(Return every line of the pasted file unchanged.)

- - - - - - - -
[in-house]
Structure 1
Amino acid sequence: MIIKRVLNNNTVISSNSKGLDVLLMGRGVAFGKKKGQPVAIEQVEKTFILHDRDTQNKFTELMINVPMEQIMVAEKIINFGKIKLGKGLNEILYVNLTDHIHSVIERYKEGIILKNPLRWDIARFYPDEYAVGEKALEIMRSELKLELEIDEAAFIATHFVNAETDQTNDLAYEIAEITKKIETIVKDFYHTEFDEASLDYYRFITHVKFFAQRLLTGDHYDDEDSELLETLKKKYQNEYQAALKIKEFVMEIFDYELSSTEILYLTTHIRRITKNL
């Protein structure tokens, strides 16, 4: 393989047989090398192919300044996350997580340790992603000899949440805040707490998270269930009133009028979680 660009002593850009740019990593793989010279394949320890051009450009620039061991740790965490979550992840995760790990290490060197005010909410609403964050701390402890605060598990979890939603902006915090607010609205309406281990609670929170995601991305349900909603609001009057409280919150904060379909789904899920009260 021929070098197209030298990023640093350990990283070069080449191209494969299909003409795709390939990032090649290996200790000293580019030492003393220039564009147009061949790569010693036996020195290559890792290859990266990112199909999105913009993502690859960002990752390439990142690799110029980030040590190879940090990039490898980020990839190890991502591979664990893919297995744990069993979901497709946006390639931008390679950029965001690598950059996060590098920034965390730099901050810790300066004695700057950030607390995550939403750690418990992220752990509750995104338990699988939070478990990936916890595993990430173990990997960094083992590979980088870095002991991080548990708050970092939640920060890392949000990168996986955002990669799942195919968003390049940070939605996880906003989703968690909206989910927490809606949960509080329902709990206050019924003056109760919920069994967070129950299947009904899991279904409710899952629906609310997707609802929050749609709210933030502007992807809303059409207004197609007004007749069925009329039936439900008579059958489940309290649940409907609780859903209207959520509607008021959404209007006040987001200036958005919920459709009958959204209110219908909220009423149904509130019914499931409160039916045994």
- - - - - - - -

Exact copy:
[in-house]
Structure 1
Amino acid sequence: MIIKRVLNNNTVISSNSKGLDVLLMGRGVAFGKKKGQPVAIEQVEKTFILHDRDTQNKFTELMINVPMEQIMVAEKIINFGKIKLGKGLNEILYVNLTDHIHSVIERYKEGIILKNPLRWDIARFYPDEYAVGEKALEIMRSELKLELEIDEAAFIATHFVNAETDQTNDLAYEIAEITKKIETIVKDFYHTEFDEASLDYYRFITHVKFFAQRLLTGDHYDDEDSELLETLKKKYQNEYQAALKIKEFVMEIFDYELSSTEILYLTTHIRRITKNL
């Protein structure tokens, strides 16, 4: 393989047989090398192919300044996350997580340790992603000899949440805040707490998270269930009133009028979680 660009002593850009740019990593793989010279394949320890051009450009620039061991740790965490979550992840995760790990290490060197005010909410609403964050701390402890605060598990979890939603902006915090607010609205309406281990609670929170995601991305349900909603609001009057409280919150904060379909789904899920009260 021929070098197209030298990023640093350990990283070069080449191209494969299909003409795709390939990032090649290996200790000293580019030492003393220039564009147009061949790569010693036996020195290559890792290859990266990112199909999105913009993502690859960002990752390439990142690799110029980030040590190879940090990039490898980020990839190890991502591979664990893919297995744990069993979901497709946006390639931008390679950029965001690598950059996060590098920034965390730099901050810790300066004695700057950030607390995550939403750690418990992220752990509750995104338990699988939070478990990936916890595993990430173990990997960094083992590979980088870095002991991080548990708050970092939640920060890392949000990168996986955002990669799942195919968003390049940070939605996880906003989703968690909206989910927490809606949960509080329902709990206050019924003056109760919920069994967070129950299947009904899991279904409710899952629906609310997707609802929050749609709210933030502007992807809303059409207004197609007004007749069925009329039936439900008579059958489940309290649940409907609780859903209207959520509607008021959404209007006040987001200036958005919920459709009958959204209110219908909220009423149904509130019914499931409160039916045994």